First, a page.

Those who cannot remember the past are condemned to repeat it.
Never in the history of the Kentucky Derby has the jockey on the winning horse deserted his mount for another entry in the Preakness. But there is an eerie precedent for a jockey choosing to ride a filly over a Kentucky Derby-winning colt when the jockey was the regular rider of both…and the precedent is a cause for concern–a red flag–for everyone who cares about animal welfare and racing’s image among the general public.
Jacinto Vasquez was the regular rider of Foolish Pleasure, who won the 1975 Kentucky Derby and ran second in the Preakness and the Belmont. Vasquez was also the rider of the great but starcrossed filly Ruffian. Like Calvin Borel in 2009, when Vasquez was forced to choose between riding a Kentucky Derby winner and piloting an exceptional filly, he elected to ride the filly.
On July 6, 1975, a match race was run between Foolish Pleasure and Ruffian. It was the heretofore undefeated Ruffian’s eleventh career race. As 50,000 fans watched at Belmont Park and millions more tuned in on television, Ruffian broke both seasmoid bones in her right foreleg during the race and she had to be euthanized following surgery.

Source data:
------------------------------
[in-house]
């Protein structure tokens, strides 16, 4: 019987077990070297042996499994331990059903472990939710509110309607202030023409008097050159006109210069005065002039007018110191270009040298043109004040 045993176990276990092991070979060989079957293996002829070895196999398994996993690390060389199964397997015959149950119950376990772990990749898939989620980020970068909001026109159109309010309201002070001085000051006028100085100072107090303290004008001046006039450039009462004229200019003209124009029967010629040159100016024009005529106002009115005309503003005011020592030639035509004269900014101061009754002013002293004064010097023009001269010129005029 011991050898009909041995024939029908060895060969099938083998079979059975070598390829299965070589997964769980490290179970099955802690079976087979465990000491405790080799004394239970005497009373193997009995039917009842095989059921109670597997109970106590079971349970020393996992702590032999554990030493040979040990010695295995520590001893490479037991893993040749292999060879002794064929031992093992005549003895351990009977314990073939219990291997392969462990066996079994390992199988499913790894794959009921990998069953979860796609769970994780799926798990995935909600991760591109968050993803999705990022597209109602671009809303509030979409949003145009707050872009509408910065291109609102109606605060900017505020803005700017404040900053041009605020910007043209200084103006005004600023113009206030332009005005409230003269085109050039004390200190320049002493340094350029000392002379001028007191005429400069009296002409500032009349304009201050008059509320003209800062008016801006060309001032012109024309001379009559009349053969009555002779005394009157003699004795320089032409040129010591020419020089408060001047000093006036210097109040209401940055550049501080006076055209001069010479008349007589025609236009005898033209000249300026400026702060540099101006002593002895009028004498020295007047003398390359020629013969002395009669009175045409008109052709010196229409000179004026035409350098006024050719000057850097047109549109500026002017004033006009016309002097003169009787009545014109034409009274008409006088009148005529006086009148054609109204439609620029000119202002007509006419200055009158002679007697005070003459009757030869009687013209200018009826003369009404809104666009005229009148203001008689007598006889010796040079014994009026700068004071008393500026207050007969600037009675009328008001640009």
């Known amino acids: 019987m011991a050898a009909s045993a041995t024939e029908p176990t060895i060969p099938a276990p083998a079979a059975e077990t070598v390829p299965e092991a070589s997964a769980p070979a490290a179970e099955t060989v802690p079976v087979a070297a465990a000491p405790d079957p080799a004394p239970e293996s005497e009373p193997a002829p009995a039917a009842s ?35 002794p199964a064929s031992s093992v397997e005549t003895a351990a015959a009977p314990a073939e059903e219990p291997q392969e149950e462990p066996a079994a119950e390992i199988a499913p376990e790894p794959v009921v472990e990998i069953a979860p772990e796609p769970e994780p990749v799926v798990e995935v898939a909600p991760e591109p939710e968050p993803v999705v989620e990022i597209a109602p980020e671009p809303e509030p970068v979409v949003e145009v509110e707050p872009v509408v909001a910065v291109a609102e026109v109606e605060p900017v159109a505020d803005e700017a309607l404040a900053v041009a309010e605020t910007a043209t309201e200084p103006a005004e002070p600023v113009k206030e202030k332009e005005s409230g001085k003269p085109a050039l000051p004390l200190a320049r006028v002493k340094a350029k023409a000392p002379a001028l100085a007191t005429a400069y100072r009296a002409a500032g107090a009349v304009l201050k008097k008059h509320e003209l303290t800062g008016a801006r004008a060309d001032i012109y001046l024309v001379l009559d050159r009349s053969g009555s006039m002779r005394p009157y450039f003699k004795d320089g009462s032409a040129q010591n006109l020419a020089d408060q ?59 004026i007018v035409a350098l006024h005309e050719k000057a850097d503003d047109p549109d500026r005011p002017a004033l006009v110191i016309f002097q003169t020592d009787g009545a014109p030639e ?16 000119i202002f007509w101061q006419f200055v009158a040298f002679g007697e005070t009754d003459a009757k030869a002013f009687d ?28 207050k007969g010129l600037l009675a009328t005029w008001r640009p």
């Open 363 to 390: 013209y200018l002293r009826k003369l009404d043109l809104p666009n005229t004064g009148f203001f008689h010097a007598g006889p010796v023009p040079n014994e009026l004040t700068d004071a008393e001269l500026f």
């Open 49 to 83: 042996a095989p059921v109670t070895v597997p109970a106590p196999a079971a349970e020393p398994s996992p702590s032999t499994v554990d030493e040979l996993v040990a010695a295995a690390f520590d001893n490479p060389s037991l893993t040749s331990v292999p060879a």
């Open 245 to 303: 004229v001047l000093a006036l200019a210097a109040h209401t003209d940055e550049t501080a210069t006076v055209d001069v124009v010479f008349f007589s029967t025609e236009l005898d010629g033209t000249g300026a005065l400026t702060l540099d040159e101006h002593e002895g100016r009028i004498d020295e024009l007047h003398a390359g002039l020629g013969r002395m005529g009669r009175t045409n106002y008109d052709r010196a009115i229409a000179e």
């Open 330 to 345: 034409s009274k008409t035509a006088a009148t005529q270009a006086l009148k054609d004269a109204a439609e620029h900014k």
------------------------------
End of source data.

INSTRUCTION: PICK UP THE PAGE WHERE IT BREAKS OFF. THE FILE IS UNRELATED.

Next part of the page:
A hue and cry about the inhumane treatment of racehorses ensued as racing’s “Battle of the Sexes” morphed into a public relations nightmare. Many people asked why it was necessary for Ruffian to take on Foolish Pleasure to prove her merit. The race, in fact, was an equine version of a male vs. female tennis match in 1973 between Billie Jean King and Bobby Riggs, which had attracted a huge television audience. In that denouement, King routed the braggadocios Riggs.
In the wake of the breakdowns of Barbaro, George Washington, but especially the filly Eight Belles, it is imprudent if not crass to risk a rerun of the Ruffian/Eight Belles tragedies. Racing cannot readily survive an incident come Saturday in Baltimore pertaining to the injury or demise of Rachel Alexandra. Sure, she might win and be celebrated but, however remote, the Ruffian outcome looms like the Sword of Damocles.
Have the connections of Rachel Alexandra had a memory lapse about what happened in the 2008 Kentucky Derby? Do they know of what occurred to possibly the greatest filly in turf history in 1975? Here’s hoping that the Jackson’s, who own Rachel Alexandra, weigh the costs versus the benefits to their filly, as well as to racing’s future, and opt out of the Preakness.
Do it as a tribute to Ruffian and Eight Belles.
Copyright © 2009 Horse Racing Business.